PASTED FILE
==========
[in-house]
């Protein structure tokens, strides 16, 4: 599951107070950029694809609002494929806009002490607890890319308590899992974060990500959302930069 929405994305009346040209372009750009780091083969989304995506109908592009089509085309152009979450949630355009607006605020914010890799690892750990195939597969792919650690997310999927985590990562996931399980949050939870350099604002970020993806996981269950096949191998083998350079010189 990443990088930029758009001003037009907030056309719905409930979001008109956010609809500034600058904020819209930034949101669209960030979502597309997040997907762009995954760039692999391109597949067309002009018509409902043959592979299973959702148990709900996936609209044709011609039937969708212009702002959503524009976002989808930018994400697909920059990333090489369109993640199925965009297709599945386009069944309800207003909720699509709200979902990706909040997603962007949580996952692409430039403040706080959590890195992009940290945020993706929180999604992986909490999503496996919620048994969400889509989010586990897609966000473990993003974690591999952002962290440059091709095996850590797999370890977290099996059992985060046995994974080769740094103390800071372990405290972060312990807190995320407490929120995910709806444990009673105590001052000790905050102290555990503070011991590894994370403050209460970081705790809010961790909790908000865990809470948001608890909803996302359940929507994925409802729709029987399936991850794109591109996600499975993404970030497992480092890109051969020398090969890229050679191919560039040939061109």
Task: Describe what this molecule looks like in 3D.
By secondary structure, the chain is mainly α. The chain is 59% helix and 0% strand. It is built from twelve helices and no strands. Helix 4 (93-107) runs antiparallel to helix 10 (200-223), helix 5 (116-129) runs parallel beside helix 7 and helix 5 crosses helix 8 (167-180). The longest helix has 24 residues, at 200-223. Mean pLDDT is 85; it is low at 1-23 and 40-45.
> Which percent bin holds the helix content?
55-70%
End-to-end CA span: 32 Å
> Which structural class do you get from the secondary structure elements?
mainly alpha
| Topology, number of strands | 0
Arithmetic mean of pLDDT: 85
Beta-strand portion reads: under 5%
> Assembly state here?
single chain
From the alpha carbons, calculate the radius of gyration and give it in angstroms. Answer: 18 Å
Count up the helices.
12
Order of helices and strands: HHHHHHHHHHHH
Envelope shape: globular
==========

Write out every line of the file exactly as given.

[in-house]
């Protein structure tokens, strides 16, 4: 599951107070950029694809609002494929806009002490607890890319308590899992974060990500959302930069 929405994305009346040209372009750009780091083969989304995506109908592009089509085309152009979450949630355009607006605020914010890799690892750990195939597969792919650690997310999927985590990562996931399980949050939870350099604002970020993806996981269950096949191998083998350079010189 990443990088930029758009001003037009907030056309719905409930979001008109956010609809500034600058904020819209930034949101669209960030979502597309997040997907762009995954760039692999391109597949067309002009018509409902043959592979299973959702148990709900996936609209044709011609039937969708212009702002959503524009976002989808930018994400697909920059990333090489369109993640199925965009297709599945386009069944309800207003909720699509709200979902990706909040997603962007949580996952692409430039403040706080959590890195992009940290945020993706929180999604992986909490999503496996919620048994969400889509989010586990897609966000473990993003974690591999952002962290440059091709095996850590797999370890977290099996059992985060046995994974080769740094103390800071372990405290972060312990807190995320407490929120995910709806444990009673105590001052000790905050102290555990503070011991590894994370403050209460970081705790809010961790909790908000865990809470948001608890909803996302359940929507994925409802729709029987399936991850794109591109996600499975993404970030497992480092890109051969020398090969890229050679191919560039040939061109």
Task: Describe what this molecule looks like in 3D.
By secondary structure, the chain is mainly α. The chain is 59% helix and 0% strand. It is built from twelve helices and no strands. Helix 4 (93-107) runs antiparallel to helix 10 (200-223), helix 5 (116-129) runs parallel beside helix 7 and helix 5 crosses helix 8 (167-180). The longest helix has 24 residues, at 200-223. Mean pLDDT is 85; it is low at 1-23 and 40-45.
> Which percent bin holds the helix content?
55-70%
End-to-end CA span: 32 Å
> Which structural class do you get from the secondary structure elements?
mainly alpha
| Topology, number of strands | 0
Arithmetic mean of pLDDT: 85
Beta-strand portion reads: under 5%
> Assembly state here?
single chain
From the alpha carbons, calculate the radius of gyration and give it in angstroms. Answer: 18 Å
Count up the helices.
12
Order of helices and strands: HHHHHHHHHHHH
Envelope shape: globular